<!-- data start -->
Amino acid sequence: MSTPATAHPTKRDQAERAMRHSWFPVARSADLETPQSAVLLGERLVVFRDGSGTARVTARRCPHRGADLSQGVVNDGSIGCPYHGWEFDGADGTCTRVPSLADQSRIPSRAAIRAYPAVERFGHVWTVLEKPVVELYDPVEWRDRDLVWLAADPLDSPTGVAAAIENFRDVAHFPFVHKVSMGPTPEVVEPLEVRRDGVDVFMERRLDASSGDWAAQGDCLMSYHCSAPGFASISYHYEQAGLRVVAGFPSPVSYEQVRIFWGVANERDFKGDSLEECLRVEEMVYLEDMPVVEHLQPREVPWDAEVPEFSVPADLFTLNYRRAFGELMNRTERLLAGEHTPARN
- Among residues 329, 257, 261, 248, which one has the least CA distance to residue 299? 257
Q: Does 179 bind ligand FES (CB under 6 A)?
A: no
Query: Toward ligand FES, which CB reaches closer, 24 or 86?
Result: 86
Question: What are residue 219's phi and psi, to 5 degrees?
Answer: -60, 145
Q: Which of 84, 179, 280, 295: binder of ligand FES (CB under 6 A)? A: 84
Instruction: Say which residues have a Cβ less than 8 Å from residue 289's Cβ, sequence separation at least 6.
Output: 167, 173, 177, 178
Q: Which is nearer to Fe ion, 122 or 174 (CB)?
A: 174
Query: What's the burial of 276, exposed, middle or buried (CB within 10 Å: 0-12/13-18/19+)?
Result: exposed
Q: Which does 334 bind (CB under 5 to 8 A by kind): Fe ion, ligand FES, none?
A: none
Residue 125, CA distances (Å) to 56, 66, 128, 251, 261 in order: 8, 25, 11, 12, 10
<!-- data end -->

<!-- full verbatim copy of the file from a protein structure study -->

Amino acid sequence: MSTPATAHPTKRDQAERAMRHSWFPVARSADLETPQSAVLLGERLVVFRDGSGTARVTARRCPHRGADLSQGVVNDGSIGCPYHGWEFDGADGTCTRVPSLADQSRIPSRAAIRAYPAVERFGHVWTVLEKPVVELYDPVEWRDRDLVWLAADPLDSPTGVAAAIENFRDVAHFPFVHKVSMGPTPEVVEPLEVRRDGVDVFMERRLDASSGDWAAQGDCLMSYHCSAPGFASISYHYEQAGLRVVAGFPSPVSYEQVRIFWGVANERDFKGDSLEECLRVEEMVYLEDMPVVEHLQPREVPWDAEVPEFSVPADLFTLNYRRAFGELMNRTERLLAGEHTPARN
- Among residues 329, 257, 261, 248, which one has the least CA distance to residue 299? 257
Q: Does 179 bind ligand FES (CB under 6 A)?
A: no
Query: Toward ligand FES, which CB reaches closer, 24 or 86?
Result: 86
Question: What are residue 219's phi and psi, to 5 degrees?
Answer: -60, 145
Q: Which of 84, 179, 280, 295: binder of ligand FES (CB under 6 A)? A: 84
Instruction: Say which residues have a Cβ less than 8 Å from residue 289's Cβ, sequence separation at least 6.
Output: 167, 173, 177, 178
Q: Which is nearer to Fe ion, 122 or 174 (CB)?
A: 174
Query: What's the burial of 276, exposed, middle or buried (CB within 10 Å: 0-12/13-18/19+)?
Result: exposed
Q: Which does 334 bind (CB under 5 to 8 A by kind): Fe ion, ligand FES, none?
A: none
Residue 125, CA distances (Å) to 56, 66, 128, 251, 261 in order: 8, 25, 11, 12, 10